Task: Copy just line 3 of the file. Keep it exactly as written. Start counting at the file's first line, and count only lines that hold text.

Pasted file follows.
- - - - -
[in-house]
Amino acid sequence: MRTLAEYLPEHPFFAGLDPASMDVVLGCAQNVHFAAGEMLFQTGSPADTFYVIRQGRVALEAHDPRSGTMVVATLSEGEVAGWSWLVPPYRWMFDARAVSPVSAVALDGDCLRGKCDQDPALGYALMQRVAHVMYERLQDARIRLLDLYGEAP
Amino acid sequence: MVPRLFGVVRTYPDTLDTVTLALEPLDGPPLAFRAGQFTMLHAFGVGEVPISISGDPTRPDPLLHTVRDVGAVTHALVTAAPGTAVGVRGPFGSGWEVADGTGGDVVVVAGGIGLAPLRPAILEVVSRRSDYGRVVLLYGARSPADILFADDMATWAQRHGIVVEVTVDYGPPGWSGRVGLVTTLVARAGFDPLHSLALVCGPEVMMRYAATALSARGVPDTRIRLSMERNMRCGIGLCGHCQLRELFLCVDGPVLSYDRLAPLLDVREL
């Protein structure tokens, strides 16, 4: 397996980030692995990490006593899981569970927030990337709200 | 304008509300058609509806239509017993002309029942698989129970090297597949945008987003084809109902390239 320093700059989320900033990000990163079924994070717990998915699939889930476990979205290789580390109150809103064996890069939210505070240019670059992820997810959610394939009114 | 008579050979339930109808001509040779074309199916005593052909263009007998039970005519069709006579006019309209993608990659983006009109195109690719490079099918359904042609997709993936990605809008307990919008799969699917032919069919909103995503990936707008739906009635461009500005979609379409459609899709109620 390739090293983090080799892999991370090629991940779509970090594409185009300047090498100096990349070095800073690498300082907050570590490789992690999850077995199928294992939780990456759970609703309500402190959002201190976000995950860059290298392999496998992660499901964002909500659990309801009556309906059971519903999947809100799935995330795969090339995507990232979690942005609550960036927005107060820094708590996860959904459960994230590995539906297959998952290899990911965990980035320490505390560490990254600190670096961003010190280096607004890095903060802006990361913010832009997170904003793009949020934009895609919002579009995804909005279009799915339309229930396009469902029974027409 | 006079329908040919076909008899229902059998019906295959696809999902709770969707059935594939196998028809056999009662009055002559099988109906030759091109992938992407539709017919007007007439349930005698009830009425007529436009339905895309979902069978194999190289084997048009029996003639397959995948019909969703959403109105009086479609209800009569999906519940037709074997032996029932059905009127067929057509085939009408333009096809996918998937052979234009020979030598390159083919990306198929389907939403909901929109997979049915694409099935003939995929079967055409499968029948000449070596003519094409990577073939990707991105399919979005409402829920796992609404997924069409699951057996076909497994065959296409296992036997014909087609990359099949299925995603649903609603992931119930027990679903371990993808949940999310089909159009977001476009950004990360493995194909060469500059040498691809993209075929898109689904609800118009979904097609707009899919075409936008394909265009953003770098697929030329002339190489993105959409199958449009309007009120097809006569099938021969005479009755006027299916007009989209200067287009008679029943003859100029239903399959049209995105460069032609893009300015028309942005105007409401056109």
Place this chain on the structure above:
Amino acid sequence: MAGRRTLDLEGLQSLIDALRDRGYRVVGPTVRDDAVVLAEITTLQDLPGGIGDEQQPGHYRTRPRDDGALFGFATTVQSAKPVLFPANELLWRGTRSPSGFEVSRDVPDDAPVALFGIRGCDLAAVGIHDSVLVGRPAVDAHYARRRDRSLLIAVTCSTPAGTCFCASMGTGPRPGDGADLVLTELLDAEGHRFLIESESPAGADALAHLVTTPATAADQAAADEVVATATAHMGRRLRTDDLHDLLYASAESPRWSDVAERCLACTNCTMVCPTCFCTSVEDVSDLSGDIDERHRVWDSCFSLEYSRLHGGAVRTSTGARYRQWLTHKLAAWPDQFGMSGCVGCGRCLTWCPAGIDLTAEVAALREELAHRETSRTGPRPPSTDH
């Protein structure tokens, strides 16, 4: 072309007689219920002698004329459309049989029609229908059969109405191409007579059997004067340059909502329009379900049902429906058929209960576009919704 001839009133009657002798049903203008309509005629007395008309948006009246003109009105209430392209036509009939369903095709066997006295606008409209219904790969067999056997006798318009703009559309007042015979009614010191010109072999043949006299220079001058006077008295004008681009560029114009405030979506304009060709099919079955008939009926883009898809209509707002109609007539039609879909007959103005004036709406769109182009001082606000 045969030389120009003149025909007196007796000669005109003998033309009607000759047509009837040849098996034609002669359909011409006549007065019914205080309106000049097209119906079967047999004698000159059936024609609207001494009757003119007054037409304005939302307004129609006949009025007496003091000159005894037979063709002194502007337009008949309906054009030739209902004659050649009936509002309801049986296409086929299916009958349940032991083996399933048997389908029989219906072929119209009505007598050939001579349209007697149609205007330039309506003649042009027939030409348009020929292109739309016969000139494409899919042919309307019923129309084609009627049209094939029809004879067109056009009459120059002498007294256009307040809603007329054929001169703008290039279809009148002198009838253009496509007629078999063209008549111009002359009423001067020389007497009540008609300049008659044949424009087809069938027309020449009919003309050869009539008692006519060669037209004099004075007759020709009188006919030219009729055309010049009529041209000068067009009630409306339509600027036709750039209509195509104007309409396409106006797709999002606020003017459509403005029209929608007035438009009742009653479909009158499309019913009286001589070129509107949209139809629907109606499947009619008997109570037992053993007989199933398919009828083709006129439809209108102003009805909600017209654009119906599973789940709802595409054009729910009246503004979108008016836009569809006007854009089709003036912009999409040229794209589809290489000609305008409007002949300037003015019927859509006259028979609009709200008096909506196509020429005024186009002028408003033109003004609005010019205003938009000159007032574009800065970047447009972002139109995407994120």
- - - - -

Amino acid sequence: MVPRLFGVVRTYPDTLDTVTLALEPLDGPPLAFRAGQFTMLHAFGVGEVPISISGDPTRPDPLLHTVRDVGAVTHALVTAAPGTAVGVRGPFGSGWEVADGTGGDVVVVAGGIGLAPLRPAILEVVSRRSDYGRVVLLYGARSPADILFADDMATWAQRHGIVVEVTVDYGPPGWSGRVGLVTTLVARAGFDPLHSLALVCGPEVMMRYAATALSARGVPDTRIRLSMERNMRCGIGLCGHCQLRELFLCVDGPVLSYDRLAPLLDVREL